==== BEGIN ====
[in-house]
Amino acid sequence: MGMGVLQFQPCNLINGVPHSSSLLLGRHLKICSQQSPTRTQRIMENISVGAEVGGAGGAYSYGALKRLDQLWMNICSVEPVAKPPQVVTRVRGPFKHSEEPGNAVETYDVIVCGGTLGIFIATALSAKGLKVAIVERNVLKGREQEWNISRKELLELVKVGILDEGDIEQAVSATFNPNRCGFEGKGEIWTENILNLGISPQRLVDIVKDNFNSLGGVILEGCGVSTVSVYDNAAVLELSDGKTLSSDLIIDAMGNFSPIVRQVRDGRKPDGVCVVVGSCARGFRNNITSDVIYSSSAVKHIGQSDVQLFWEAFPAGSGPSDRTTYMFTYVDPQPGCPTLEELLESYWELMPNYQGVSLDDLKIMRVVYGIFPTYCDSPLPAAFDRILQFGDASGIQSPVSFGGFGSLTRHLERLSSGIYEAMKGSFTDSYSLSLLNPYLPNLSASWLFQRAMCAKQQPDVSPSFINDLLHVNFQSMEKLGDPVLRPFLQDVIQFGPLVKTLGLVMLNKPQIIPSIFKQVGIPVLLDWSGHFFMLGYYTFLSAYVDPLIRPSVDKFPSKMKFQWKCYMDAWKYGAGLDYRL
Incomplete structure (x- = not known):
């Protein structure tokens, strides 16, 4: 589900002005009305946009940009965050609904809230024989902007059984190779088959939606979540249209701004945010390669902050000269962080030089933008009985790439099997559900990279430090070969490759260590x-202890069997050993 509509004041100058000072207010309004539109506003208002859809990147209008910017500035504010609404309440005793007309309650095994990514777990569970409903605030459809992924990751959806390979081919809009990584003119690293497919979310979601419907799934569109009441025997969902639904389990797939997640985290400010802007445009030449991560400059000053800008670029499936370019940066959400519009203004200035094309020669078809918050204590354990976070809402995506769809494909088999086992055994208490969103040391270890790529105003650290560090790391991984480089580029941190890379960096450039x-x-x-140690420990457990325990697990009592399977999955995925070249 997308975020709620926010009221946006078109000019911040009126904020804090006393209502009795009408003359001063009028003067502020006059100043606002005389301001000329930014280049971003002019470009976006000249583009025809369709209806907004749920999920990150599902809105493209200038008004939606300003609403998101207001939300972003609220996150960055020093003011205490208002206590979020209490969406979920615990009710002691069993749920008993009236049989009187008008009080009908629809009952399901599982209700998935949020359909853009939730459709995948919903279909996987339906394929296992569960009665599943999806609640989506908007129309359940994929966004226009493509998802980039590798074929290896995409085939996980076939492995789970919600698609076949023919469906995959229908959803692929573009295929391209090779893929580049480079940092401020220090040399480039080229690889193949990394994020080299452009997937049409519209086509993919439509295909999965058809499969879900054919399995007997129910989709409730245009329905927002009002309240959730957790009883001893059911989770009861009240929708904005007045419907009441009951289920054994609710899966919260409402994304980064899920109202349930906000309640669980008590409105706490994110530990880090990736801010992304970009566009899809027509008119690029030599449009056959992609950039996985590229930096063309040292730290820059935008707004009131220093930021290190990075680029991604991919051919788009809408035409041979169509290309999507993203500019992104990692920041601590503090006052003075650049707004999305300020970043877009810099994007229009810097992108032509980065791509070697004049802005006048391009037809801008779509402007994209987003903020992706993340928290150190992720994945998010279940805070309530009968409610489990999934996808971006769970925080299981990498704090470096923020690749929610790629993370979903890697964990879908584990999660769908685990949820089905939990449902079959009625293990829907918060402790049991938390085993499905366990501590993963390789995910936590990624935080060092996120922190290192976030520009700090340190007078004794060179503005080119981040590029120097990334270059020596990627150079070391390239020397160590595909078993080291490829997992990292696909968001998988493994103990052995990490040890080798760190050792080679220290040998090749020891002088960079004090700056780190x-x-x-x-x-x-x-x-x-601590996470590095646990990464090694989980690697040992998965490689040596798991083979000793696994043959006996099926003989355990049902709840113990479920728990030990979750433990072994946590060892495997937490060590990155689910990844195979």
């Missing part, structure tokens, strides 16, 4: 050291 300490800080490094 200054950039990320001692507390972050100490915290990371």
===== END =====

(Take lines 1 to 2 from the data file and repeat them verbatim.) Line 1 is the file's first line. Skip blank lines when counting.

[in-house]
Amino acid sequence: MGMGVLQFQPCNLINGVPHSSSLLLGRHLKICSQQSPTRTQRIMENISVGAEVGGAGGAYSYGALKRLDQLWMNICSVEPVAKPPQVVTRVRGPFKHSEEPGNAVETYDVIVCGGTLGIFIATALSAKGLKVAIVERNVLKGREQEWNISRKELLELVKVGILDEGDIEQAVSATFNPNRCGFEGKGEIWTENILNLGISPQRLVDIVKDNFNSLGGVILEGCGVSTVSVYDNAAVLELSDGKTLSSDLIIDAMGNFSPIVRQVRDGRKPDGVCVVVGSCARGFRNNITSDVIYSSSAVKHIGQSDVQLFWEAFPAGSGPSDRTTYMFTYVDPQPGCPTLEELLESYWELMPNYQGVSLDDLKIMRVVYGIFPTYCDSPLPAAFDRILQFGDASGIQSPVSFGGFGSLTRHLERLSSGIYEAMKGSFTDSYSLSLLNPYLPNLSASWLFQRAMCAKQQPDVSPSFINDLLHVNFQSMEKLGDPVLRPFLQDVIQFGPLVKTLGLVMLNKPQIIPSIFKQVGIPVLLDWSGHFFMLGYYTFLSAYVDPLIRPSVDKFPSKMKFQWKCYMDAWKYGAGLDYRL